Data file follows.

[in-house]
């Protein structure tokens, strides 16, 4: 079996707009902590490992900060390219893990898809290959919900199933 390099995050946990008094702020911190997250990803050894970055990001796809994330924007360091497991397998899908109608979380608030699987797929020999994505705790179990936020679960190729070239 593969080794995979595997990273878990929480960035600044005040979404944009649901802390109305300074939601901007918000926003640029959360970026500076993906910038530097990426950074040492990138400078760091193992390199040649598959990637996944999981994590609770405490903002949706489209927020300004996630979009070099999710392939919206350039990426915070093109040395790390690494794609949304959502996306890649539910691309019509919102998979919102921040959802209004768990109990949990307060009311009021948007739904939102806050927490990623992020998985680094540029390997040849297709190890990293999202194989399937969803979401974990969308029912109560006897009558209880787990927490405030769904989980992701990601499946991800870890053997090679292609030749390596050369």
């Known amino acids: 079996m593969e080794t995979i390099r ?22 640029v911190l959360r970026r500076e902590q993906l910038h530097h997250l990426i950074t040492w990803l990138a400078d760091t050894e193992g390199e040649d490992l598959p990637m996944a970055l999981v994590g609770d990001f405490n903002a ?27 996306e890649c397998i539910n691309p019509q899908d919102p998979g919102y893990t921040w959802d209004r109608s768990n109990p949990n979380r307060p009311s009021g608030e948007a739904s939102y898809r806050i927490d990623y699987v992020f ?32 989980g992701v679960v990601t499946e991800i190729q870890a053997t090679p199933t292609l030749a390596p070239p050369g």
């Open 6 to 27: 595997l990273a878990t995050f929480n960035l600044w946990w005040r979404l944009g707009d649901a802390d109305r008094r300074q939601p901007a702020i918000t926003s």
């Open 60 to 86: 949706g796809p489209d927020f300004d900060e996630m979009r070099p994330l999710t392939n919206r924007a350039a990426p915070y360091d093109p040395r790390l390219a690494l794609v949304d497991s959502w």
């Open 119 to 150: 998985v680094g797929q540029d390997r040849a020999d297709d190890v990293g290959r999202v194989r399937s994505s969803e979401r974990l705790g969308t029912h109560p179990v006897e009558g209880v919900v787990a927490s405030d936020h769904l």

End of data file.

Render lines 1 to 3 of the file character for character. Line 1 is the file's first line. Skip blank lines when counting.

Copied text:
[in-house]
């Protein structure tokens, strides 16, 4: 079996707009902590490992900060390219893990898809290959919900199933 390099995050946990008094702020911190997250990803050894970055990001796809994330924007360091497991397998899908109608979380608030699987797929020999994505705790179990936020679960190729070239 593969080794995979595997990273878990929480960035600044005040979404944009649901802390109305300074939601901007918000926003640029959360970026500076993906910038530097990426950074040492990138400078760091193992390199040649598959990637996944999981994590609770405490903002949706489209927020300004996630979009070099999710392939919206350039990426915070093109040395790390690494794609949304959502996306890649539910691309019509919102998979919102921040959802209004768990109990949990307060009311009021948007739904939102806050927490990623992020998985680094540029390997040849297709190890990293999202194989399937969803979401974990969308029912109560006897009558209880787990927490405030769904989980992701990601499946991800870890053997090679292609030749390596050369």
């Known amino acids: 079996m593969e080794t995979i390099r ?22 640029v911190l959360r970026r500076e902590q993906l910038h530097h997250l990426i950074t040492w990803l990138a400078d760091t050894e193992g390199e040649d490992l598959p990637m996944a970055l999981v994590g609770d990001f405490n903002a ?27 996306e890649c397998i539910n691309p019509q899908d919102p998979g919102y893990t921040w959802d209004r109608s768990n109990p949990n979380r307060p009311s009021g608030e948007a739904s939102y898809r806050i927490d990623y699987v992020f ?32 989980g992701v679960v990601t499946e991800i190729q870890a053997t090679p199933t292609l030749a390596p070239p050369g």